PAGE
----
Gerald “Jerry” Dziedzic was born on October 25, 1909 in Braddock, Pennsylvania to Wojtek and Paula Dziedzic, both immigrants from Poland.  Not much is known about Jerry’s early life, except that he was the youngest of seven children and that his father worked as a laborer in a factory.

Jerry went to school on and off until the eighth grade, and, later, as a young man, somehow made his way to Chicago to find work.  He ended up working south of the city, which at that time was still farm land.  He met Flora Glab at a baseball game, and the two married a few months later.  None of Jerry’s family even knew about the happy event and thus did not attend.

Jerry found work at a trucking company, and Flora worked in a radio factory until their first child, Marjorie, was born.  According to Jerry, Flora “wasn’t quite right” after Marjorie’s birth and became very unhappy.  Within months, she packed up her things and the baby and left Jerry, though he never really understood why.

Flora did not tell Jerry where she went, but he attempted over the years to trace her or Marjorie.  He eventually found out that Flora had placed Marjorie in foster care when she was very young and that Flora herself had since died.  Marjorie was fifteen by the time Jerry finally located her.  He applied to have her come and live with him and his new wife, Lillian Novotny.  Jerry hoped to make up for all of the lost years, but Marjorie was shockingly disruptive and “wild” and very antagonistic to Lillian.  Eventually, Lillian could no longer take Marjorie’s antics and threatened to divorce Jerry if he didn’t do something with his daughter.  Jerry, not wanting to estrange his daughter after all these years, chose to do nothing, so Lillian left him.  Jerry then tried to build a new life with Marjorie, but as soon as she was eighteen, she got married and moved away.  After she left, Jerry lived alone for many years and worked as a truck driver.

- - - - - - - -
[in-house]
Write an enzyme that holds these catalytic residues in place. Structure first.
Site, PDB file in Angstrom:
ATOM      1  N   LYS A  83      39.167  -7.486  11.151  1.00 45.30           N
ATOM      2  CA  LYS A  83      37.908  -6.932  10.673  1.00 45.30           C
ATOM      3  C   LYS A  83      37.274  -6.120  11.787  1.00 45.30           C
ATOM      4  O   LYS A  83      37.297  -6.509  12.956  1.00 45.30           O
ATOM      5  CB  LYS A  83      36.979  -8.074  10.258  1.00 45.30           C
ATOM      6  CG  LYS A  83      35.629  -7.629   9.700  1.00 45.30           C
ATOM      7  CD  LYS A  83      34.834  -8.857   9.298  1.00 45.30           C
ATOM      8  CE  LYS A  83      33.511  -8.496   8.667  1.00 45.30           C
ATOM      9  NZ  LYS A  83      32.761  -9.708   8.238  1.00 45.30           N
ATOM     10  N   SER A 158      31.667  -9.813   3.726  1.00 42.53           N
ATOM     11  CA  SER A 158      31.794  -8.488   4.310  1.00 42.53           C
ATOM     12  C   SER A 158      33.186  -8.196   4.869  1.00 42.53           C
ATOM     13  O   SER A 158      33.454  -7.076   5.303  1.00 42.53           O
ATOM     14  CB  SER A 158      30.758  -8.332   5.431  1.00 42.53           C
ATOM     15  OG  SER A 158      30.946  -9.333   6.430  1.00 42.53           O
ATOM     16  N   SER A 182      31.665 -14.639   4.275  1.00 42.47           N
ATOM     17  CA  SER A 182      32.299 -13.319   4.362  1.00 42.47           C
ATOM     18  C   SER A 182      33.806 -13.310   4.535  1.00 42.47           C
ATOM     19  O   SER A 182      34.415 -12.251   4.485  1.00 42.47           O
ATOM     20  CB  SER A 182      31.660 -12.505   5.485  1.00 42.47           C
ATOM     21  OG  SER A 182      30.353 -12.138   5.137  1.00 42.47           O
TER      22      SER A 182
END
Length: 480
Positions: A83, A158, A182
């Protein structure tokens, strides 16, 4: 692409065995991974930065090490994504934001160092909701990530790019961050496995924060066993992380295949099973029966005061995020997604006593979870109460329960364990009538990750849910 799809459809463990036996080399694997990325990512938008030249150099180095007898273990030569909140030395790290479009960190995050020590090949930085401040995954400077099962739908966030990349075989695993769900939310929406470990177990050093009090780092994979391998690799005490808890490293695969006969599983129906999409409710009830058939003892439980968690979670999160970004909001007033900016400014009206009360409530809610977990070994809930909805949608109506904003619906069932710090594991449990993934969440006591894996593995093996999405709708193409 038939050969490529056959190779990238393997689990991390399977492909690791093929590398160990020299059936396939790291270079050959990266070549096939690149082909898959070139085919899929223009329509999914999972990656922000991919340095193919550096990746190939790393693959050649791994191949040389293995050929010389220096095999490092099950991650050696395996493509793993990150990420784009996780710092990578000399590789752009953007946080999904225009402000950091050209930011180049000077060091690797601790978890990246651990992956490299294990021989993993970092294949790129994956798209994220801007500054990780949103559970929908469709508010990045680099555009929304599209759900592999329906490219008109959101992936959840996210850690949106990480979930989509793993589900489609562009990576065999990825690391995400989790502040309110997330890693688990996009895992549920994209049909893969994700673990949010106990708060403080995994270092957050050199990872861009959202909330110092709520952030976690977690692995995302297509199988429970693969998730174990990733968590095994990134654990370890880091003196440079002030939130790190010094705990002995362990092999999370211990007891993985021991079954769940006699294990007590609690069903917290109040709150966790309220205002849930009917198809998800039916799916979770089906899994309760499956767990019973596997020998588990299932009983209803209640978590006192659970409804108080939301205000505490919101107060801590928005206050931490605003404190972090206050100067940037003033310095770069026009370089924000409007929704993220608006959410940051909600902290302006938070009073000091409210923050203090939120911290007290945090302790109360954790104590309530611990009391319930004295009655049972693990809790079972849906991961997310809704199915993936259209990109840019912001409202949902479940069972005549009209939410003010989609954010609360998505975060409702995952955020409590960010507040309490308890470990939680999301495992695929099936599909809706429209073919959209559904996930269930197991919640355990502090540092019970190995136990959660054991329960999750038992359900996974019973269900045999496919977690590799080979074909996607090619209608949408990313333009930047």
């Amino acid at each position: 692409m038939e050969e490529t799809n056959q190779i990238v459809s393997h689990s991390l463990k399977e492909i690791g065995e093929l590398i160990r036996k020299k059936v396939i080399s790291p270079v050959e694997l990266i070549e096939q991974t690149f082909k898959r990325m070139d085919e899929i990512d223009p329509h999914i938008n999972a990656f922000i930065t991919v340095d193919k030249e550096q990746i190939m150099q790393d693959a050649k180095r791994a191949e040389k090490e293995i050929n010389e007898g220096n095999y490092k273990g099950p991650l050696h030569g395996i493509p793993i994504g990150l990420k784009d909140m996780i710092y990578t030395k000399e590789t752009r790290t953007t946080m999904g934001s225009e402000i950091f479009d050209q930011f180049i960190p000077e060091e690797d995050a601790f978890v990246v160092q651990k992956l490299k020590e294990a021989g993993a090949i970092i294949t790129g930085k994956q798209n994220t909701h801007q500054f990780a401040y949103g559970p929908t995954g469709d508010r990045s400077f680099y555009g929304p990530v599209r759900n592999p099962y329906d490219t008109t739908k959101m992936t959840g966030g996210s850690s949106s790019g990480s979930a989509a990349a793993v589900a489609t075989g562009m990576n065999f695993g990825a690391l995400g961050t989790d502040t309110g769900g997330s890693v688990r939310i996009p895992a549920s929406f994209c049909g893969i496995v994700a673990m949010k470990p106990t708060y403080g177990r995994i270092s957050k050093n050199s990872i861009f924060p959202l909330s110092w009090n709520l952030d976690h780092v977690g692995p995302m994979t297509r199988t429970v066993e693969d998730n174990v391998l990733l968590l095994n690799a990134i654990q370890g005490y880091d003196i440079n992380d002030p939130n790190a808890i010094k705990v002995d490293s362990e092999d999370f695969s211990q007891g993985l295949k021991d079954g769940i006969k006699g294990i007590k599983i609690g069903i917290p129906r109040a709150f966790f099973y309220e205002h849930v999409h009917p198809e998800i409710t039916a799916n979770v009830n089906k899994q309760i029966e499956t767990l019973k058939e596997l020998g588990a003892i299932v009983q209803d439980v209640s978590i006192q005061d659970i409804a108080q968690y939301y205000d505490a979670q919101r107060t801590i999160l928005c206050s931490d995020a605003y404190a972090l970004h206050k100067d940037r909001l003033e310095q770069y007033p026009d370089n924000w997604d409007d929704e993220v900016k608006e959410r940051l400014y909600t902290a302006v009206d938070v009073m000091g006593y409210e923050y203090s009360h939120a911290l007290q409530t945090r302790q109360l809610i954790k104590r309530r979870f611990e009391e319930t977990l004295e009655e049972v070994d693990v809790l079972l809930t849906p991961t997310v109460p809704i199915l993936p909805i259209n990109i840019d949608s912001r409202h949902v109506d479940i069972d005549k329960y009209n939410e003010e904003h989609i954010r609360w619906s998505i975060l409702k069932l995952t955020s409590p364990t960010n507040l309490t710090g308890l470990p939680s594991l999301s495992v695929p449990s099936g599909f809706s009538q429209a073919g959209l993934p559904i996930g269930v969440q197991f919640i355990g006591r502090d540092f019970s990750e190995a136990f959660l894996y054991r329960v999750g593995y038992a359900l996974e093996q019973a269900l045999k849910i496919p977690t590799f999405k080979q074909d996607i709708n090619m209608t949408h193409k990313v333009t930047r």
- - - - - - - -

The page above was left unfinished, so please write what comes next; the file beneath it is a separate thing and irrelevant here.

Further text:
For a long time, Jerry’s only friend was a Greek woman by the name of Dora Simonides, who lived in the apartment next to him.  Dora apparently had problems with her children as well, and she and Jerry often commiserated together and occasionally went out to keep from being lonely.  One day out of the blue, Dora asked Jerry to marry her, and he said yes.  The two friends did not have a long time together, however, before Dora was diagnosed with early Alzheimer’s.  Jerry tried to care for her on his own, but it eventually got to be too much.  So with a heavy heart, he admitted her to a nursing home, at which point Marjorie reappeared after being absent from Jerry’s life for years.  She had apparently heard of her father’s remarriage and Dora’s admission to a home and had thus turned up to demand her share of her father’s money before it was “sucked up” by Dora’s nursing home expenses.